SOUTHPAW by James Horner. My First Thoughts

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This is one of 3 remaining soundtracks which will be released after Horner’s tragic death. The solemn and comtemplative feel of it makes it difficult to give a subjective view so I stress that this is not a review, merely my first reaction.

This a very different James Horner with dark shades and haunted by a questioning and sad piano. You recognise the measured tones immediately, this is a score where the space between each note matters.  Careful use [meaning not over the top] of drums send a distinct message of fear.

The cue A Long Road Back is led by the piano and as it develops, it is quite beautiful for a movie depicting such a savage sport. Horner uses electronic sounds, again with precision. They are at their strongest in Hope vs Escobar which runs for 8 minutes and 26 seconds. Again a measured use of these sounds are what makes it work.

There are many cliches which can fit into an action film and I am glad to say that Horner has not gone down that road. I will visit this score again once I have seen the movie. From this, my first listen, I would say it’s a raw meditation of sorts, reflecting both the inner and physical torture the film depicts.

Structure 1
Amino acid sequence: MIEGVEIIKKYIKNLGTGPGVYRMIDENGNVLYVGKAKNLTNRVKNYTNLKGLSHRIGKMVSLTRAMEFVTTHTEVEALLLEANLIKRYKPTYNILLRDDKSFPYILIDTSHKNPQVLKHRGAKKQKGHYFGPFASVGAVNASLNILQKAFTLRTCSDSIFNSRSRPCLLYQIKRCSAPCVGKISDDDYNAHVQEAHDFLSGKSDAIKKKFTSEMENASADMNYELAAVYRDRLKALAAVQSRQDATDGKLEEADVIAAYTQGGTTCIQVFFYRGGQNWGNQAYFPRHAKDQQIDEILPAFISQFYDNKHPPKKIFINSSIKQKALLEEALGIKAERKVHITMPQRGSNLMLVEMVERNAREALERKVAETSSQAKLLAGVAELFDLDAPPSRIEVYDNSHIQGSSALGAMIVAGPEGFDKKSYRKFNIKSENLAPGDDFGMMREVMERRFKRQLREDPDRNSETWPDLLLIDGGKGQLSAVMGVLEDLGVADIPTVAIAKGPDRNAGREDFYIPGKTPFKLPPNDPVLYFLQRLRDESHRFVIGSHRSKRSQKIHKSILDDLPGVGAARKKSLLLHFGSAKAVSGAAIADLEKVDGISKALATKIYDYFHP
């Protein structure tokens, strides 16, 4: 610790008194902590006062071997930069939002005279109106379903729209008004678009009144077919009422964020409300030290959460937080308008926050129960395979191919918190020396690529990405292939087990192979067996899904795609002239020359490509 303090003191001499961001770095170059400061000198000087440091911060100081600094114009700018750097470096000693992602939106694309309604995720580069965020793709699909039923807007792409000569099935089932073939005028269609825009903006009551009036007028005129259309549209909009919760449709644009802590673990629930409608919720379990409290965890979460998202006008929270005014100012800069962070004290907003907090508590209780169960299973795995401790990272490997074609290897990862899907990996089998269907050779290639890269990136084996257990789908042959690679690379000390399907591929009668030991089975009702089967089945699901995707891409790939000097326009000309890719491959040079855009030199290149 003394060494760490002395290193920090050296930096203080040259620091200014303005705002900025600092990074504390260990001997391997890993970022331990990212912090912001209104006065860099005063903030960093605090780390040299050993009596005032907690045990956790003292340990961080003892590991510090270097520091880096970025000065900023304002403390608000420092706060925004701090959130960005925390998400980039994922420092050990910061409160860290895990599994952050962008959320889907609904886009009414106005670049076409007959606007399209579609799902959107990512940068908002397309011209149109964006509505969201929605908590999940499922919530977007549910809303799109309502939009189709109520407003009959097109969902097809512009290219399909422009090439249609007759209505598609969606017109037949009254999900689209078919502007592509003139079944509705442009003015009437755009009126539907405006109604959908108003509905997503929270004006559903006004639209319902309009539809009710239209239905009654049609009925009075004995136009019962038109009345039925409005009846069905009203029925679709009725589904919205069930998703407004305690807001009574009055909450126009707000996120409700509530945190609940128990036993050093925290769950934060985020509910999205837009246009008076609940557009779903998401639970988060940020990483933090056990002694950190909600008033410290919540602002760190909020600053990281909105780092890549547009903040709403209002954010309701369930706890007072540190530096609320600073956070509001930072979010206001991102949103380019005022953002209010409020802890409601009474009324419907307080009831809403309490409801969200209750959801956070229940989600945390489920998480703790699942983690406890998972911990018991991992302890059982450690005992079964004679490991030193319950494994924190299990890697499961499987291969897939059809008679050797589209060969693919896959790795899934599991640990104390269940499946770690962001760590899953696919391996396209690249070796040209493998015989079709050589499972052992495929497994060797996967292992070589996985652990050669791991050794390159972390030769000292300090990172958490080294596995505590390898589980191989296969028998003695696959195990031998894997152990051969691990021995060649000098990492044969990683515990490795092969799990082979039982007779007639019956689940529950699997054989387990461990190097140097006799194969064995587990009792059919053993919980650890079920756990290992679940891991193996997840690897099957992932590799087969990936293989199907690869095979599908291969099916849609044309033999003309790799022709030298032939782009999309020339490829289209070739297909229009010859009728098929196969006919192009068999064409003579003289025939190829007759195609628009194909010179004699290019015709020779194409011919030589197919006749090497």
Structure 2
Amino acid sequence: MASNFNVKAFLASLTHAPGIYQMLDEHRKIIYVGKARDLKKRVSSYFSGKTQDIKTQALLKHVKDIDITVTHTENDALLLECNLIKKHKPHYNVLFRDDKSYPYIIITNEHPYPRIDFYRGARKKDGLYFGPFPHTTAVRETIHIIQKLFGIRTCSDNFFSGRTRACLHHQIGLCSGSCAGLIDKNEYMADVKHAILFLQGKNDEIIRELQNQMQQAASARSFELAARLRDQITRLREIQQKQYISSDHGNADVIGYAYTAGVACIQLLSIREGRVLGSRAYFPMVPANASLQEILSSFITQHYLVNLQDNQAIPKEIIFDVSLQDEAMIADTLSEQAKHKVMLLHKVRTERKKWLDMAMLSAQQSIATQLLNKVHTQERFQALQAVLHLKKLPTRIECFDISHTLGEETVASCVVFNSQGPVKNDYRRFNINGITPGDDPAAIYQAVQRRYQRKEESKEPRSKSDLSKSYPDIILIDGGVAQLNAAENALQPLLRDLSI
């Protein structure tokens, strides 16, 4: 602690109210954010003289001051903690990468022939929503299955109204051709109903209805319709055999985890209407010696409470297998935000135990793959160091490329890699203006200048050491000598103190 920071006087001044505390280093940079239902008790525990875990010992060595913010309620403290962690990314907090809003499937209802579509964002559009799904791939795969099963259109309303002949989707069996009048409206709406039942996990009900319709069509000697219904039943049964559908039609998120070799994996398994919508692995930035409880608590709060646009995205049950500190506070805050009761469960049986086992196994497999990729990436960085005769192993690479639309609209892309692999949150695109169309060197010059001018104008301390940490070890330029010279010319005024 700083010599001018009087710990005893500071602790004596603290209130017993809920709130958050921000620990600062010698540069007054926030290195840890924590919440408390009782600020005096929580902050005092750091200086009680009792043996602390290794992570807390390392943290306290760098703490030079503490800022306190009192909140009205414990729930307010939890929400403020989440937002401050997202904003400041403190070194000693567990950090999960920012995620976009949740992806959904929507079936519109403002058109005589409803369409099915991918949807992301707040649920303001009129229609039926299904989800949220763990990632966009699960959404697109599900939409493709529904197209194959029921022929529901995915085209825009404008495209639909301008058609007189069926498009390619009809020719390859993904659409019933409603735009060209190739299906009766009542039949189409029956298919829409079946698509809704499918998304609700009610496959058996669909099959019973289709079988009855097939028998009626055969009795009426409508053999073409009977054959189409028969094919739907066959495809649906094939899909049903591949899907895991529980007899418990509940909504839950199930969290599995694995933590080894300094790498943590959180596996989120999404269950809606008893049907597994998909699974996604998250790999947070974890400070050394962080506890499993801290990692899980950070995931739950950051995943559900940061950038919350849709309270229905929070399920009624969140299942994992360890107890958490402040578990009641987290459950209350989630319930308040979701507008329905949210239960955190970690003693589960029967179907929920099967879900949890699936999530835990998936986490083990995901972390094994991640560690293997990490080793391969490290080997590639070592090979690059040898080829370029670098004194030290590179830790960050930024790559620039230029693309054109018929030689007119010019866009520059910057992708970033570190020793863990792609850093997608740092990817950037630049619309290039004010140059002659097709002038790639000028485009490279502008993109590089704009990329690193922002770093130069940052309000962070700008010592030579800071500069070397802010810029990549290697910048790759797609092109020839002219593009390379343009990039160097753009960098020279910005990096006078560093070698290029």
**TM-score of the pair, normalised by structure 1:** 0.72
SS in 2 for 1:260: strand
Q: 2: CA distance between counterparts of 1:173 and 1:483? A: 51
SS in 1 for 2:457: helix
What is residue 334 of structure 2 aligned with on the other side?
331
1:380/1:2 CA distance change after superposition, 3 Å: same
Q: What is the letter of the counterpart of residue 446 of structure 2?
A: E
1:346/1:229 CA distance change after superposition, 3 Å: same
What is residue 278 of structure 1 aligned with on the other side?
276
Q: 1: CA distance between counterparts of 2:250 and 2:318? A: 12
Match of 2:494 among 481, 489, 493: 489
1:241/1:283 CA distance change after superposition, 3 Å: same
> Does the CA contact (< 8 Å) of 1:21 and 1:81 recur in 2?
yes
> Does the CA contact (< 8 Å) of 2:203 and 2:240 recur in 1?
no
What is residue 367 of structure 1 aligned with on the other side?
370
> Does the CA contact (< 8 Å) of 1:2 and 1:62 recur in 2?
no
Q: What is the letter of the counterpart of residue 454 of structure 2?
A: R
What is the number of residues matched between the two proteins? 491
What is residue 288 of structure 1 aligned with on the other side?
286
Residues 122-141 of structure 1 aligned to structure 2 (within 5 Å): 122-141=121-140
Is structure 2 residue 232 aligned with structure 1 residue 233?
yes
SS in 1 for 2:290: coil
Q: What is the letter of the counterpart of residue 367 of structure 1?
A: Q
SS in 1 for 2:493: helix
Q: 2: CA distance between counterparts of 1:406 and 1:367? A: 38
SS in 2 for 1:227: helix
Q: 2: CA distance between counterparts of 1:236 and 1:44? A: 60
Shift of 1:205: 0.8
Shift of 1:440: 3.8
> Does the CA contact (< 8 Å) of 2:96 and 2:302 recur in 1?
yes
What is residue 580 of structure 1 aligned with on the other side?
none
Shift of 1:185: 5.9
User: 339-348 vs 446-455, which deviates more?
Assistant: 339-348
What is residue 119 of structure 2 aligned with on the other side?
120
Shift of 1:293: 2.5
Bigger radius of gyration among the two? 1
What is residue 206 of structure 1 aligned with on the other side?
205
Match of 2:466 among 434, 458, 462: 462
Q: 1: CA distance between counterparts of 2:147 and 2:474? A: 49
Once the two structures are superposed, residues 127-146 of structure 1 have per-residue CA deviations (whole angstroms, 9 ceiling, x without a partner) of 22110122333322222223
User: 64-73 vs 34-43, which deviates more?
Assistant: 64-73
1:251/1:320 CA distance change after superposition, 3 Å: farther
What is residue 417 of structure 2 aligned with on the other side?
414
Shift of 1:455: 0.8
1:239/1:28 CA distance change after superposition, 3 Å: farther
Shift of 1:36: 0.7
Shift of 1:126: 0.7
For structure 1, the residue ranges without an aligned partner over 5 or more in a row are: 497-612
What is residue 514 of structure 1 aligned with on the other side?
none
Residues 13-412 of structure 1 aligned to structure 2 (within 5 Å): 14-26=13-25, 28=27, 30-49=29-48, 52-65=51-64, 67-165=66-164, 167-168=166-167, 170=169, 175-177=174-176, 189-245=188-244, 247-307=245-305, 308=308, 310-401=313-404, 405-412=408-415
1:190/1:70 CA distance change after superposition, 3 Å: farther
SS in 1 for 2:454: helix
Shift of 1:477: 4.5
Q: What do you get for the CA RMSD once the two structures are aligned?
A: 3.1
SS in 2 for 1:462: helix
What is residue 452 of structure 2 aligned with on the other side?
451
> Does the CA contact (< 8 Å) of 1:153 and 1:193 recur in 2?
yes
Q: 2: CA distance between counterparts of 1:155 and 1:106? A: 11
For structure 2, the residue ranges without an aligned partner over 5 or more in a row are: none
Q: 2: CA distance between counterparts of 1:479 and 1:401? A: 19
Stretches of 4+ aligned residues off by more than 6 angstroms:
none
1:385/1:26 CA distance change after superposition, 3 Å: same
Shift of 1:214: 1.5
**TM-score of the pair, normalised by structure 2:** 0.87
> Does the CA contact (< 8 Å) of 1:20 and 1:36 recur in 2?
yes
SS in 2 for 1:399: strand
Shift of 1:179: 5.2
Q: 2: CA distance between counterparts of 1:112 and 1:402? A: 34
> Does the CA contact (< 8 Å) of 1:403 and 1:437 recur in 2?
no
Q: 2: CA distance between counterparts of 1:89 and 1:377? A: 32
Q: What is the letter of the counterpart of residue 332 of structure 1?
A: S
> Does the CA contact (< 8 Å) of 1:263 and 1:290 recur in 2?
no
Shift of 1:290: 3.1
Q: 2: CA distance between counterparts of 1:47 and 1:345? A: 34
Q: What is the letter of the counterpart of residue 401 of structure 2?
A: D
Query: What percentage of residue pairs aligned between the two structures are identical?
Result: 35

DAVID ARNOLD – A NIGHT AT THE MOVIES

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As enjoyable as this concert was, it was a little weird. To start with there was no Programme Guide plus in such a prestigious setting as the wonderful Birmingham Symphony Hall – I don’t think it was half full which is a shame especially as the Birmingham Symphony Orchestra, conducted by the exuberant  Nicholas Dodds were ,on fine form. I have seen a fair few concerts here and every artist says how much they love the Symphony Hall. The acoustics are perfect and Arnold himself said it was ‘sensational’.